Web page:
17-Year-Old Discovers Planet 6.9 Times Larger Than Earth On The Third Day Of Internship With NASA


Internship opportunities are created by agencies to enable young enthusiasts to gain practical knowledge about their field of interest. Wolf Cukier was in his junior year at Scarsdale High School in New York when he landed a two-month internship with NASA in 2019.


During the summer of 2019, he moved down to NASA’s Goddard Space Flight Center in Greenbelt, Maryland to commence his training. Just like every other intern accepted by NASA, Cukier was curious and ambitious to expand his knowledge about the cosmos during the internship program.


NASA officials handling the training assigned the first assignment to Cukier. This assignment involves examining variations in star brightness as photographed by NASA’s Transiting Exoplanet Survey Satellite (TESS). The assignment is categorized as part of the Planet Hunters TESS citizen science project. The primary goal of the citizen science project is to allow enthusiasts who don’t work for NASA to assist in discovering new planets in the vast cosmos.


Cukier was fascinated with the new responsibility assigned to him by the American Space Agency and he decided to put in his best effort to actualize a great result from the hunt for planets. On the third day of his internship with NASA, Cukier found a new planet. Upon making this discovery, Cukier co-authored a paper detailing his findings for scientific review.


NASA officials were so amazed at his creativity and ability to discover a new planet within just three days. The American Space Agency officially announced the outcome of Cukier’s work on their website after verifying the accuracy of the discovery. During the American Astronomical Society meeting, Cukier’s planet was named TOI 1338 b.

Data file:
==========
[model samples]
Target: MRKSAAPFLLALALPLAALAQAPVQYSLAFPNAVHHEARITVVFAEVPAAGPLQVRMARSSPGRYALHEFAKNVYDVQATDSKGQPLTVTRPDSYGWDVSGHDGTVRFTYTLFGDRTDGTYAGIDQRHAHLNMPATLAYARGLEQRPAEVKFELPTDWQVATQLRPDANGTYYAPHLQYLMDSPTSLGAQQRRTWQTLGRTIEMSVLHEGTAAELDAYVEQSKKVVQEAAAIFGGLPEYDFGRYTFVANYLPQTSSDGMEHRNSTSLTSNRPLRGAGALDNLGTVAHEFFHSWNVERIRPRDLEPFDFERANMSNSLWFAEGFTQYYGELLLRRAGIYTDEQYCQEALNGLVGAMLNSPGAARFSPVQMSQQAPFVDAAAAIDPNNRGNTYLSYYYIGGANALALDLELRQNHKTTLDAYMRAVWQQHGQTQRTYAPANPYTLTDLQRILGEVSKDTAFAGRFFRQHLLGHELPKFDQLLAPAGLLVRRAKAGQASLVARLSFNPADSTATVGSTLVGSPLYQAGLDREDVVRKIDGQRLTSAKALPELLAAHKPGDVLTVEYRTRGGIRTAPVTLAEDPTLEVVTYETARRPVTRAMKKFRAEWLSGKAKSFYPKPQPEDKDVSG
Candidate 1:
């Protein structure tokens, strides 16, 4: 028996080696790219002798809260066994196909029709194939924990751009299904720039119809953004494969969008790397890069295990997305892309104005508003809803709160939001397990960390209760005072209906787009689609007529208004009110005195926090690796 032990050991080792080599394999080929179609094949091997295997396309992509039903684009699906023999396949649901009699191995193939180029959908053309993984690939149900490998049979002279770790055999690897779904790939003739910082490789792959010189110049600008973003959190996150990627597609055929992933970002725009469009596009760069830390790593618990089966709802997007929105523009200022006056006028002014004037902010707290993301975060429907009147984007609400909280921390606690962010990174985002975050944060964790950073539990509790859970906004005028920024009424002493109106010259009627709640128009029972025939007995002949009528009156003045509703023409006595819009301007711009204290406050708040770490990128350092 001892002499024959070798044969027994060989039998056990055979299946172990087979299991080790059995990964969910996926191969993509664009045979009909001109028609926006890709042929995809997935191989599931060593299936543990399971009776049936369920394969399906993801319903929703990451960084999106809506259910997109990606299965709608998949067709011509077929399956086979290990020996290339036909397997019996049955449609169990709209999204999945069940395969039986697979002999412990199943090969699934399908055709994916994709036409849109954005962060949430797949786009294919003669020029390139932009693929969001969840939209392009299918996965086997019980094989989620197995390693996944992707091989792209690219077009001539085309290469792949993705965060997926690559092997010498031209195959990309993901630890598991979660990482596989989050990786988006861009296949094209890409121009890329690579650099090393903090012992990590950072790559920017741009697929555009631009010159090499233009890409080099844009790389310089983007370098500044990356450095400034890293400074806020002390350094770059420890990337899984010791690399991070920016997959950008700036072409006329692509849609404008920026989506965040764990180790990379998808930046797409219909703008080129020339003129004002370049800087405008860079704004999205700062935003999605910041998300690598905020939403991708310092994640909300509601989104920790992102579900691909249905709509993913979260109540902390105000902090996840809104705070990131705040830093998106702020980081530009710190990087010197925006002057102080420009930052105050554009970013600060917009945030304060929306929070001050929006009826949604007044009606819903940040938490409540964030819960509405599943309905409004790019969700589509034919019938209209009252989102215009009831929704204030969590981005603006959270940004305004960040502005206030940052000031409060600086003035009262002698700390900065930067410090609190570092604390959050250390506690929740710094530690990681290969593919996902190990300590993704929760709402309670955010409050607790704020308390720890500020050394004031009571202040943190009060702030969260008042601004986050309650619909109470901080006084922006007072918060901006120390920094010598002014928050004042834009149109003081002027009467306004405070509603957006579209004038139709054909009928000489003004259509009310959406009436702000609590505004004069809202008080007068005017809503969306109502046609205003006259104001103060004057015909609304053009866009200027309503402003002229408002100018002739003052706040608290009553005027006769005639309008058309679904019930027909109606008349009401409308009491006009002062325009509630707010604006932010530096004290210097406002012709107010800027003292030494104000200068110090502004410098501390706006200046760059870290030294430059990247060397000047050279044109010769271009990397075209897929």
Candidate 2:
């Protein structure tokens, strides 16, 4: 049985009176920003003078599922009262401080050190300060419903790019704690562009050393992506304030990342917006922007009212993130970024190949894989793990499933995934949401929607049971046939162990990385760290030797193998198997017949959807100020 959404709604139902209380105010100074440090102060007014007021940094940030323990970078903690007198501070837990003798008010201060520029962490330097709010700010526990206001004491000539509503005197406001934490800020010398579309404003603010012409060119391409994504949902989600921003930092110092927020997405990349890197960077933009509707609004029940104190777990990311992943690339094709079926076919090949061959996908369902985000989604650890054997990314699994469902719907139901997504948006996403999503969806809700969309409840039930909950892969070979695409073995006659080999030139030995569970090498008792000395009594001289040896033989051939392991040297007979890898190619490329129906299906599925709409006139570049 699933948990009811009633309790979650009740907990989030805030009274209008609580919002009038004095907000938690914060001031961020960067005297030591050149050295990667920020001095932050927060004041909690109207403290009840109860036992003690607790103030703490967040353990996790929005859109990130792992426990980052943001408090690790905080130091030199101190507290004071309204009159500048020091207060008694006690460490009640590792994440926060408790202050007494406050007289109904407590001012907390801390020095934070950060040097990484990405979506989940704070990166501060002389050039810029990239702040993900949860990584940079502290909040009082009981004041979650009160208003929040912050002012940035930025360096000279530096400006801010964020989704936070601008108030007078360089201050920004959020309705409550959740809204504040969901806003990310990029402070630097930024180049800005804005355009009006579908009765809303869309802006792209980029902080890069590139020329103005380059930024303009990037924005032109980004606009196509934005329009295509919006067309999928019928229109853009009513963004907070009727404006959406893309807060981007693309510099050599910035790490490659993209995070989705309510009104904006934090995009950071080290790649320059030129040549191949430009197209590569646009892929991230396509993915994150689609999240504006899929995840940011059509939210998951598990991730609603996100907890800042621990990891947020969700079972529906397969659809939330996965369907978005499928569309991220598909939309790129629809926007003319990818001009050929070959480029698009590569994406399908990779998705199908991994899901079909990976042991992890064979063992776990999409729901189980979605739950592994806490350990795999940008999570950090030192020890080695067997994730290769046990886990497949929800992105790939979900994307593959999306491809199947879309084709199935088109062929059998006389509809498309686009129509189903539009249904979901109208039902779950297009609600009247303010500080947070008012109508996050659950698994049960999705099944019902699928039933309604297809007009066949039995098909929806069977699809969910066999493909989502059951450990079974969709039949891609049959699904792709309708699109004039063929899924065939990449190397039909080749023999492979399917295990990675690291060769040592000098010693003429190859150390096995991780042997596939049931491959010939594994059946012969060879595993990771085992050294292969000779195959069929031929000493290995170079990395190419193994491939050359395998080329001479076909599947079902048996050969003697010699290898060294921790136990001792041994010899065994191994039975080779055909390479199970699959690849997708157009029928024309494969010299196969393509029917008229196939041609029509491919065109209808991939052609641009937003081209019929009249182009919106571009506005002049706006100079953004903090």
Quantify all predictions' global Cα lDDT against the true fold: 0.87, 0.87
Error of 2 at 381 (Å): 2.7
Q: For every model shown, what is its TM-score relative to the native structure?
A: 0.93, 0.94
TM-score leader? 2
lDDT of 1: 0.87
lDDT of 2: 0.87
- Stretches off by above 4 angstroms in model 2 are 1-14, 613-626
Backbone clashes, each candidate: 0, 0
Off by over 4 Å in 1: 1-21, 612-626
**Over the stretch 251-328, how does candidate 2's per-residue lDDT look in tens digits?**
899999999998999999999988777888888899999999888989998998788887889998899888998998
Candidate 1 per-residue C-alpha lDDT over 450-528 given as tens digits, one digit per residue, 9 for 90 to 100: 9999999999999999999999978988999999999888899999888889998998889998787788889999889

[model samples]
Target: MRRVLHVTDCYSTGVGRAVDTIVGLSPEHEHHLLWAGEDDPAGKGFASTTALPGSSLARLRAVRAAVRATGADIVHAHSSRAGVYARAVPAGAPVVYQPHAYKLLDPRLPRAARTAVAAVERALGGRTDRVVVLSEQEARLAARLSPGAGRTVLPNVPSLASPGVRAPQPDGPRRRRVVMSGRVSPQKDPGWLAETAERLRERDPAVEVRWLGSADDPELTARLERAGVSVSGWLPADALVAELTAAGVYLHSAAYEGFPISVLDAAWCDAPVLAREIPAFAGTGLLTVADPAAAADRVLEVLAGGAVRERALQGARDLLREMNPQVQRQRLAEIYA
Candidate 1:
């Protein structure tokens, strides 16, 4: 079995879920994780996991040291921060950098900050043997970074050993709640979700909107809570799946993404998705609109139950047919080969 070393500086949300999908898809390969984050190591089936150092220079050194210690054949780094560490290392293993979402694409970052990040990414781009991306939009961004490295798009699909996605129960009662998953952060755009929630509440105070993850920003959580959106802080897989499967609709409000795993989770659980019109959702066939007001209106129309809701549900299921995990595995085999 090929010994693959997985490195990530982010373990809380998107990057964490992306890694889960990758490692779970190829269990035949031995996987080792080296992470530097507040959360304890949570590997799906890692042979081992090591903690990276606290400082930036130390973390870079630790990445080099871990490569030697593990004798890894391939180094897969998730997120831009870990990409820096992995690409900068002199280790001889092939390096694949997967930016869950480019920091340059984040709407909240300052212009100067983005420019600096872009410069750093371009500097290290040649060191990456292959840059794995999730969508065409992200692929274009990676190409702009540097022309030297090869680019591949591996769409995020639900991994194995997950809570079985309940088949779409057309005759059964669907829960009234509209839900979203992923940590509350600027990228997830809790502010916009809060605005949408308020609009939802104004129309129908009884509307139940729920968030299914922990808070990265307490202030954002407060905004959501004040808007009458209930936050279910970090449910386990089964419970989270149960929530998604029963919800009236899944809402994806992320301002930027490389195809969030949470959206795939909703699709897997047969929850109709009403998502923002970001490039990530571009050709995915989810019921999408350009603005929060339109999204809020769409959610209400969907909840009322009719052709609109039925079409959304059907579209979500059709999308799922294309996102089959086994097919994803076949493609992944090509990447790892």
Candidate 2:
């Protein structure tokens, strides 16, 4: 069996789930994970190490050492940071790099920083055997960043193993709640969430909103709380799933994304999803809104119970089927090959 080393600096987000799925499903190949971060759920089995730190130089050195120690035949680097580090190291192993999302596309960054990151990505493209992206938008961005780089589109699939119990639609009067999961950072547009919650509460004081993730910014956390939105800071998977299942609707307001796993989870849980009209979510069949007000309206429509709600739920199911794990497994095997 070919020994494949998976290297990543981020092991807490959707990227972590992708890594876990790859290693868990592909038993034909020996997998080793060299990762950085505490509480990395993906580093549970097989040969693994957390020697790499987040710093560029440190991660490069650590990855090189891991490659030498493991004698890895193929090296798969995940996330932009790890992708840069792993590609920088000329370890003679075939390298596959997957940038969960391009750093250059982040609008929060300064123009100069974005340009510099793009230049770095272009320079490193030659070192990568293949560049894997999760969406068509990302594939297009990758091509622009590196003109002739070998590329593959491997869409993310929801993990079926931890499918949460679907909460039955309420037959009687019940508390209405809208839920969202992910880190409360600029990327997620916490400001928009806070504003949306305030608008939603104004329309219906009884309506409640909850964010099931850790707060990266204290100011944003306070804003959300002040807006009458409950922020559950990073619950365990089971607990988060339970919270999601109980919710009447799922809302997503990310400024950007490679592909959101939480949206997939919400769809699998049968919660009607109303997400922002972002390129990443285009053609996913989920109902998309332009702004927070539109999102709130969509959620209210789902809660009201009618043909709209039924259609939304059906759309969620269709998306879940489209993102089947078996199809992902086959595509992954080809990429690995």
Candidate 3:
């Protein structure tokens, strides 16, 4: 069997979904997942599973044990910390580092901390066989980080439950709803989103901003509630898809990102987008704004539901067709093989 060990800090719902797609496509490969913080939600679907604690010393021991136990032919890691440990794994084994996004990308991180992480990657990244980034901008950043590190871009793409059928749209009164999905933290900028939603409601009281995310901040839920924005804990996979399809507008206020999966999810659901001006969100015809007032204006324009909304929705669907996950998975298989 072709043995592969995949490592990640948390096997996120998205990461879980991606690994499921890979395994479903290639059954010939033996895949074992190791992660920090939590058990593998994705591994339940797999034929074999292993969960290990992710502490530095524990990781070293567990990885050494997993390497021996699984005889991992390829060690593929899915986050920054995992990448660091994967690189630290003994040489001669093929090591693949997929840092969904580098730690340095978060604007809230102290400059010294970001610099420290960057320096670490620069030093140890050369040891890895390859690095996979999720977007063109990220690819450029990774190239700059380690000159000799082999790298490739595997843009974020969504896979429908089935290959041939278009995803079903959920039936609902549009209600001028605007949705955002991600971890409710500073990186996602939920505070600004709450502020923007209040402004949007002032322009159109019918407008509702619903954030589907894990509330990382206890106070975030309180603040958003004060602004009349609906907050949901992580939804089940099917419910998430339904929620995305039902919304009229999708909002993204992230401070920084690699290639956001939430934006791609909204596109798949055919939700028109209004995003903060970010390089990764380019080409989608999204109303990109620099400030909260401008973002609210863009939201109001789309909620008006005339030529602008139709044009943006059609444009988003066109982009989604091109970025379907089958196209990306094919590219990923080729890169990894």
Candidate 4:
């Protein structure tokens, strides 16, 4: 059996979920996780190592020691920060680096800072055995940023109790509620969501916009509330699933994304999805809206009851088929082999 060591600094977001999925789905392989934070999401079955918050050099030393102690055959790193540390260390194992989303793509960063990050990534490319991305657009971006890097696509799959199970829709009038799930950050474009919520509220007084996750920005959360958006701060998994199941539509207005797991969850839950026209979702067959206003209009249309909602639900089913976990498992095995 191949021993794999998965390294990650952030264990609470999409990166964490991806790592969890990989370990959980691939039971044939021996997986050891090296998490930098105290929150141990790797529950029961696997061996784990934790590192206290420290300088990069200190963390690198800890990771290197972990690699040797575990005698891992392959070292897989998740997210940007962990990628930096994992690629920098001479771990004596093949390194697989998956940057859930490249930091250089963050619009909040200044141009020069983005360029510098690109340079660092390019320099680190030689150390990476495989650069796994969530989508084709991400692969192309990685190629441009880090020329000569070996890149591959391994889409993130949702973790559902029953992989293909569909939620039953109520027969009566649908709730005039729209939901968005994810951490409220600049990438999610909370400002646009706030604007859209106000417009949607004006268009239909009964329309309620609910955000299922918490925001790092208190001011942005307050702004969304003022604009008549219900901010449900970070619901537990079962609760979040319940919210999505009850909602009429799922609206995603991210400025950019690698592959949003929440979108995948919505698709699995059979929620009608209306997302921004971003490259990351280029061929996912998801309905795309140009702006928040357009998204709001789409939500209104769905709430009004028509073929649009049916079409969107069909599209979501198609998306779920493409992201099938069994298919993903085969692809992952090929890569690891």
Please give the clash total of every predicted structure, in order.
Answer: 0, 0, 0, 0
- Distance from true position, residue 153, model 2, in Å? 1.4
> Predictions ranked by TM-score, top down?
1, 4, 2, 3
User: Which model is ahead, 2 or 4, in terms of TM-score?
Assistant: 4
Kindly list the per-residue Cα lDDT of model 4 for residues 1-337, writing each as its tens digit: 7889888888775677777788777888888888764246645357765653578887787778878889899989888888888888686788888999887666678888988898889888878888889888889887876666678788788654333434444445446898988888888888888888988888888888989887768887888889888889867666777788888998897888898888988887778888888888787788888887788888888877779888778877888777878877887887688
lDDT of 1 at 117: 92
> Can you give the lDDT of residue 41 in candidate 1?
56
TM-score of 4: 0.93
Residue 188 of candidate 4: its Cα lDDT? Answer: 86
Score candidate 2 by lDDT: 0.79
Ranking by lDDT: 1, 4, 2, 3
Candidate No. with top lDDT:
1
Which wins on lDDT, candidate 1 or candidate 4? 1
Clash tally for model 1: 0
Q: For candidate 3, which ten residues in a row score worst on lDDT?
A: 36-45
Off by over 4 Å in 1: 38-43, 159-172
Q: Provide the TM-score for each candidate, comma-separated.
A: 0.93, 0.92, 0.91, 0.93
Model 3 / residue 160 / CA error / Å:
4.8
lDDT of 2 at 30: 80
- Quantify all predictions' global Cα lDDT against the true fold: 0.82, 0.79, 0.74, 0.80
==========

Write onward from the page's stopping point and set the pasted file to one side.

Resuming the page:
During an interview with NASA, Cukier shared the process he deployed in making his discovery.


“I was looking through the data for everything the volunteers had flagged as an eclipsing binary, a system where two stars circles around each other, and from our view eclipse each other every orbit,” 17-year-old Cukier told NASA. “About three days into my internship, I saw a signal from a system called TOI 1338. At first, I thought it was a stellar eclipse, but the timing was wrong. It turned out to be a planet.”


This fascinating discovery made Cukier popular and he was also invited for numerous press interviews. While addressing his discovery to NBC 4 New York, Cukier further explained his discovery.


“I noticed a dip, or a transit, from the TOI 1338 system, and that was the first signal of a planet,” Cukier explained to NBC 4 New York. “I first saw the initial dip and thought, ‘Oh that looked cool,’ but then when I looked at the full data from the telescope at that star, I and my mentor also noticed, three different dips in the system.”


What You Should Know About TOI 1338b

TOI 1338 b is a circumbinary planet orbiting around two stars. It is about the size of Saturn and completes an orbit around the star every 95 days. The two stars orbit around each other. One of the stars consists of a small cool M dwarf, while the other is like our sun. They both collaborated and formed an eclipsing binary.


This means that the stars regularly pass in front of each when viewed from earth. TESS was able to discover this planet by searching for tiny, regular dips in starlights known as transits. The satellite saw the transit of TOI 1338 b. However, detecting that the transit is a planet was quite challenging.


Wolf Cukier closely studied hundreds of eclipsing binaries in search of planetary transits. Through this approach, he discovered the transit caused by the planet. Scientists around the world were amazed by his discovery, as it remains one of the most unique findings by a teenager in recent times.


Why Cukier Finding Remains A Unique Discovery

Before Cukier became a NASA intern, other experts looked into the TOI 1338 system in search of potential planets. However, no one was able to discover TOI 1338 b because of some setbacks. NASA officially reveals that circumbinary planets such as the TOI 1338 b are quite difficult to discover because typical software commonly used for planetary discoveries can confuse them for eclipses. However, Cukier looked so close and made the discovery that amazes the world.


“These are the types of signals that algorithms really struggle with,” Veselin Kostov, a research scientist at Goddard told NASA. “The human eye is extremely good at finding patterns in data, especially non-periodic patterns like those we see in transits from these systems.”



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